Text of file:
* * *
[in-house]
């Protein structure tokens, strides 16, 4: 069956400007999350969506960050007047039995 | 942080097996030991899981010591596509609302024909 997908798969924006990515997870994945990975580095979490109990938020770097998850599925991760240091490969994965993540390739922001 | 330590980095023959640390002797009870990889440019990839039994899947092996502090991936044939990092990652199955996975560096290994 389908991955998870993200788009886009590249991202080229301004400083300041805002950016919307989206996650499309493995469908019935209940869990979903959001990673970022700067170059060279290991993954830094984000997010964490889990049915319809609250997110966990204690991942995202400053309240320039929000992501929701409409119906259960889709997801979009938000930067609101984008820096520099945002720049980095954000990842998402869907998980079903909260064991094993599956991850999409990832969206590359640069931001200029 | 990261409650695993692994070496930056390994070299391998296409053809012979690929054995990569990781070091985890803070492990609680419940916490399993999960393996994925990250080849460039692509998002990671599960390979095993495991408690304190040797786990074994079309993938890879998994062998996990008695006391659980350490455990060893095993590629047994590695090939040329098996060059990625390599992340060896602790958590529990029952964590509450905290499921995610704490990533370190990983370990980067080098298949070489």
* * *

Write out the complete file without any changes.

[in-house]
């Protein structure tokens, strides 16, 4: 069956400007999350969506960050007047039995 | 942080097996030991899981010591596509609302024909 997908798969924006990515997870994945990975580095979490109990938020770097998850599925991760240091490969994965993540390739922001 | 330590980095023959640390002797009870990889440019990839039994899947092996502090991936044939990092990652199955996975560096290994 389908991955998870993200788009886009590249991202080229301004400083300041805002950016919307989206996650499309493995469908019935209940869990979903959001990673970022700067170059060279290991993954830094984000997010964490889990049915319809609250997110966990204690991942995202400053309240320039929000992501929701409409119906259960889709997801979009938000930067609101984008820096520099945002720049980095954000990842998402869907998980079903909260064991094993599956991850999409990832969206590359640069931001200029 | 990261409650695993692994070496930056390994070299391998296409053809012979690929054995990569990781070091985890803070492990609680419940916490399993999960393996994925990250080849460039692509998002990671599960390979095993495991408690304190040797786990074994079309993938890879998994062998996990008695006391659980350490455990060893095993590629047994590695090939040329098996060059990625390599992340060896602790958590529990029952964590509450905290499921995610704490990533370190990983370990980067080098298949070489």